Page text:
Home  »  Complete Poetical Works by Henry Wadsworth Longfellow  »  Part III. The New England Tragedies. John Endicott. Act V

Henry Wadsworth Longfellow (1807–1882). Complete Poetical Works. 1893.

Christus: A Mystery

Part III. The New England Tragedies. John Endicott. Act V

SCENE I.—Daybreak. Street in front of UPSALL’S house. A light in the window. Enter JOHN ENDICOTT.

O SILENT, sombre, and deserted streets,

To me ye ’re peopled with a sad procession,

And echo only to the voice of sorrow!

O houses full of peacefulness and sleep,

Far better were it to awake no more

Than wake to look upon such scenes again!

There is a light in Master Upsall’s window.

The good man is already risen, for sleep

Deserts the couches of the old.

Knocks at UPSALL’S door.

UPSALL(at the window).
Who ’s there?

Am I so changed you do not know my voice?

I know you. Have you heard what things have happened?

I have heard nothing.

Stay; I will come down.

I am afraid some dreadful news awaits me!

I do not dare to ask, yet am impatient

To know the worst. Oh, I am very weary

With waiting and with watching and pursuing!


Thank God, you have come back! I ’ve much to tell you.

Where have you been?

You know that I was seized,

Fined, and released again. You know that Edith,

After her scourging in three towns, was banished

Into the wilderness, into the land

That is not sown; and there I followed her,

But found her not. Where is she?

She is here.

Oh, do not speak that word, for it means death!

No, it means life. She sleeps in yonder chamber.

Listen to me. When news of Leddra’s death

Reached England, Edward Burroughs, having boldly

Got access to the presence of the King,

Told him there was a vein of innocent blood

Opened in his dominions here, which threatened

To overrun them all. The King replied,

“But I will stop that vein!” and he forthwith

Sent his Mandamus to our Magistrates,

That they proceed no further in this business.

So all are pardoned, and all set at large.

Thank God! This is a victory for truth!

Our thoughts are free. They cannot be shut up

In prison walls, nor put to death on scaffolds!

Come in; the morning air blows sharp and cold

Through the damp streets.

It is the dawn of day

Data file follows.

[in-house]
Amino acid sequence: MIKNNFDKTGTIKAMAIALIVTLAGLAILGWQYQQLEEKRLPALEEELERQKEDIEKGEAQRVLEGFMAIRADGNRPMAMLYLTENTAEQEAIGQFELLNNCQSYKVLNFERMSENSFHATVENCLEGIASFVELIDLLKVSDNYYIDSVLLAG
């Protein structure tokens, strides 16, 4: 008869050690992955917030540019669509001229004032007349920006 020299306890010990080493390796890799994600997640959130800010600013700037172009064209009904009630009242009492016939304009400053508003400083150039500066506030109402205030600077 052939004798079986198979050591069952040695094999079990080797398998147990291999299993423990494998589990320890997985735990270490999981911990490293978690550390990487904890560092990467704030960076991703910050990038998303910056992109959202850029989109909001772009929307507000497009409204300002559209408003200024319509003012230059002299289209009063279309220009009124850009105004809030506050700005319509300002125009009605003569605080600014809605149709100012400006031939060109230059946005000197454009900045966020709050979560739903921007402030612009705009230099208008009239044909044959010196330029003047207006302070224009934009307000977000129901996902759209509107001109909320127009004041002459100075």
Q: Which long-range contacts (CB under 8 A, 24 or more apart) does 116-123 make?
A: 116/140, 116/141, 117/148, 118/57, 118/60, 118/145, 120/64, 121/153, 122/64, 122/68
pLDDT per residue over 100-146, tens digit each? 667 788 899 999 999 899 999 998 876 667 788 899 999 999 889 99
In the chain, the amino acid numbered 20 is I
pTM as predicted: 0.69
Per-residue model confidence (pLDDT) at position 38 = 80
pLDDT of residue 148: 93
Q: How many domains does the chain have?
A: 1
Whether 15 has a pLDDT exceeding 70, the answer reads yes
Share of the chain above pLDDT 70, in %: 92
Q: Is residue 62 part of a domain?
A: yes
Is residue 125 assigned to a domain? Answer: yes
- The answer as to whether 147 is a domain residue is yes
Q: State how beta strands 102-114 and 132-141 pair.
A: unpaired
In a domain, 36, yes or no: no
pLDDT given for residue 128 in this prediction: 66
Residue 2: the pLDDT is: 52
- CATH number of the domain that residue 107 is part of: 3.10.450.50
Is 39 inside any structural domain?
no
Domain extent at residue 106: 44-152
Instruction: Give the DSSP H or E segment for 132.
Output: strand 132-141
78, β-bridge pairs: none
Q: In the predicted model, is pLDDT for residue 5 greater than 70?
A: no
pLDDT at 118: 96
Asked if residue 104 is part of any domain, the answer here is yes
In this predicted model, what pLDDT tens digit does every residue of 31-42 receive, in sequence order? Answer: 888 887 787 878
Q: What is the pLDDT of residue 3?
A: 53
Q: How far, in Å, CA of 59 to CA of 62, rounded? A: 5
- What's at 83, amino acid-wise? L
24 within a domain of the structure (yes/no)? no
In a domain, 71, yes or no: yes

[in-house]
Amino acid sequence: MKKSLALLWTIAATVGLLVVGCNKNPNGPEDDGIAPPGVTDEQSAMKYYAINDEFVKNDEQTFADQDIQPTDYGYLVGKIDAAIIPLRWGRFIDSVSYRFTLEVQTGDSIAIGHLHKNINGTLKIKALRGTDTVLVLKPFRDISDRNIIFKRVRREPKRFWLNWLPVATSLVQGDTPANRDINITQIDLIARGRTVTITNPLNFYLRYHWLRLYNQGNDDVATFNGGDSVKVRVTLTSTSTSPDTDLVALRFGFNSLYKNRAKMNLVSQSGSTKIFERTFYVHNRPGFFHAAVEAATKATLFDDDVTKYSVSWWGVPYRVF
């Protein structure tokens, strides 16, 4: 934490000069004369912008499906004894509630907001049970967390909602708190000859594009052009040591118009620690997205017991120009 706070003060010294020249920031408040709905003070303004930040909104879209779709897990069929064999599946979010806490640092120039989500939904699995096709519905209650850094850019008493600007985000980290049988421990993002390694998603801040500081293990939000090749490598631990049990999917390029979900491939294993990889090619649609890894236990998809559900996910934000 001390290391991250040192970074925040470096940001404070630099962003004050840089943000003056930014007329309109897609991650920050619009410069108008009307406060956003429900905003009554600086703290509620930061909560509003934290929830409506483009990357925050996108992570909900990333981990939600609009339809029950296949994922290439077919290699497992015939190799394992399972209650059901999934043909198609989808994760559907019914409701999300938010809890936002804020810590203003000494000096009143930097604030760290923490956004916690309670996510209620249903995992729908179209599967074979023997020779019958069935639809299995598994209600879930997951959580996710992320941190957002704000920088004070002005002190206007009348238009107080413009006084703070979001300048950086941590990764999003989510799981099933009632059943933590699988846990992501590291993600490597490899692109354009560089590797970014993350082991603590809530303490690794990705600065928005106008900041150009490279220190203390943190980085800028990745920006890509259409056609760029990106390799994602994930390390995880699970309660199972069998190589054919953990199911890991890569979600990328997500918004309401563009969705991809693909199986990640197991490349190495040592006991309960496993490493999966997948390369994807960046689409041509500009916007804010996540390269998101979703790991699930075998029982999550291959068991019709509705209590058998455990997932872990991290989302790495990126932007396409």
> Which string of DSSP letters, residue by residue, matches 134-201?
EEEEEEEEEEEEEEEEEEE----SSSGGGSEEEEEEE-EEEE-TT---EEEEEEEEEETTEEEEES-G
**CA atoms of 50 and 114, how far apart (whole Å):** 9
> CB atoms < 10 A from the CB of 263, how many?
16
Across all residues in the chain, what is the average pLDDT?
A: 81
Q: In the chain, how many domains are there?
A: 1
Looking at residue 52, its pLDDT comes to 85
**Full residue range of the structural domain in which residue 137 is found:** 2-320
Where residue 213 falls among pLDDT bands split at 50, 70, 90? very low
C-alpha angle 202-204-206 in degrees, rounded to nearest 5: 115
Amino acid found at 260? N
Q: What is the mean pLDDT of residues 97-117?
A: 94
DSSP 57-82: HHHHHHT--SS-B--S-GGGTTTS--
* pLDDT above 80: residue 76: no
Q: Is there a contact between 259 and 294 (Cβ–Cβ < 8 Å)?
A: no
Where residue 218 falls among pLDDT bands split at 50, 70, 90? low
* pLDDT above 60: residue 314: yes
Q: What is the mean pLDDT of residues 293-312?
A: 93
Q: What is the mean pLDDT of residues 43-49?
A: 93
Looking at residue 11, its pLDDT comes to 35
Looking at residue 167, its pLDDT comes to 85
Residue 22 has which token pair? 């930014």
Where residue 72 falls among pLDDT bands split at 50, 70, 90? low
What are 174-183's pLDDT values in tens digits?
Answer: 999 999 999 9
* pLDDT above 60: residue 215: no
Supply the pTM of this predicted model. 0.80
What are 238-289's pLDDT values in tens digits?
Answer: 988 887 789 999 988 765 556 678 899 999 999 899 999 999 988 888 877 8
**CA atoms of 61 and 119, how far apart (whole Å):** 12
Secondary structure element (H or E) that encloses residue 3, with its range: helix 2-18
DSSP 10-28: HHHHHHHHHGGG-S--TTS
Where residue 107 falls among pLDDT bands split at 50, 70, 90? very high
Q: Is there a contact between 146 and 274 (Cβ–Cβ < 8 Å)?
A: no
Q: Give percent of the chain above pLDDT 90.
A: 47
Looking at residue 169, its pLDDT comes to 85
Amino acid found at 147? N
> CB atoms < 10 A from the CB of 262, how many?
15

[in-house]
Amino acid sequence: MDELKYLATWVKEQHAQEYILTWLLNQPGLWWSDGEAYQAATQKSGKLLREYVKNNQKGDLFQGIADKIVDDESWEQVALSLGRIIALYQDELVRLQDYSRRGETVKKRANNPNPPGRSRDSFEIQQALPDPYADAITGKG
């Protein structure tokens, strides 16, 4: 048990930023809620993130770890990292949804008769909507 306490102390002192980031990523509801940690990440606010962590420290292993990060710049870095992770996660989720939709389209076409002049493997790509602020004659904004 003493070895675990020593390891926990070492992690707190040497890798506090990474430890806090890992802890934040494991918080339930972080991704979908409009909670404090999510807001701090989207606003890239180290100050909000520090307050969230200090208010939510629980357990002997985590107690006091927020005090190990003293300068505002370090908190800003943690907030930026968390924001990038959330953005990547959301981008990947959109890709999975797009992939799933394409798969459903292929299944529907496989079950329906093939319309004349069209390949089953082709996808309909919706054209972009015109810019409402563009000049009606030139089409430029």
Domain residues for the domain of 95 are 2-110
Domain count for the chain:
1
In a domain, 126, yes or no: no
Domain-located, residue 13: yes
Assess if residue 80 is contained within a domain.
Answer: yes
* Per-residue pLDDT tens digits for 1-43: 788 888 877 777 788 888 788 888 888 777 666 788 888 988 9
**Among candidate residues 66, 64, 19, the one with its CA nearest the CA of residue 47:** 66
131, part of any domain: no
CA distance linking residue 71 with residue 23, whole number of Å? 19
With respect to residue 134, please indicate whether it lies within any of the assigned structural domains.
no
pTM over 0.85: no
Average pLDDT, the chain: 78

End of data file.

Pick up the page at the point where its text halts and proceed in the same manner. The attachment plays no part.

That chases the old darkness from our sky,

And fills the land with liberty and light.[Exeunt.

SCENE II.—The parlor of the Three Mariners. Enter KEMPTHORN.

A dull life this,—a dull life anyway!

Ready for sea; the cargo all aboard,

Cleared for Barbadoes, and a fair wind blowing

From nor’-nor’-west; and I, an idle lubber,

Laid neck and heels by that confounded bond!

I said to Ralph, says I, “What ’s to be done?”

Says he: “Just slip your hawser in the night;

Sheer off, and pay it with the topsail, Simon.”

But that won’t do; because, you see, the owners

Somehow or other are mixed up with it.

Here are King Charles’s Twelve Good Rules, that Cole

Thinks as important as the Rule of Three.


“Make no comparisons; make no long meals.”

Those are good rules and golden for a landlord

To hang in his best parlor, framed and glazed!

“Maintain no ill opinions; urge no healths.”

I drink the King’s, whatever he may say,

And, as to ill opinions, that depends.

Now of Ralph Goldsmith I ’ve a good opinion,

And of the bilboes I ’ve an ill opinion;

And both of these opinions I ’ll maintain

As long as there ’s a shot left in the locker.

Enter EDWARD BUTTER with an ear-trumpet.

Good morning, Captain Kempthorn.

Sir, to you.

You ’ve the advantage of me. I don’t know you.

What may I call your name?

That ’s not your name?

Yes, that ’s my name. What ’s yours?

My name is Butter.

I am the treasurer of the Commonwealth.

Will you be seated?

What say? Who ’s conceited?

Will you sit down?

Oh, thank you.

Spread yourself

Upon this chair, sweet Butter.

BUTTER(sitting down).
A fine morning.

Nothing ’s the matter with it that I know of.

I have seen better, and I have seen worse.

The wind ’s nor’west. That ’s fair for them that sail.

You need not speak so loud; I understand you.

You sail to-day.

No, I don’t sail to-day.

So, be it fair or foul, it matters not.

Say, will you smoke? There ’s choice tobacco here.

No, thank you. It ’s against the law to smoke.

Then, will you drink? There ’s good ale at this inn.

No, thank you. It ’s against the law to drink.

Well, almost everything ’s against the law

In this good town. Give a wide berth to one thing,

You ’re sure to fetch up soon on something else.

And so you sail to-day for dear Old England.

I am not one of those who think a sup

Of this New England air is better worth

Than a whole draught of our Old England’s ale.

Nor I. Give me the ale and keep the air.

But, as I said, I do not sail to-day.

Ah yes; you sail to-day.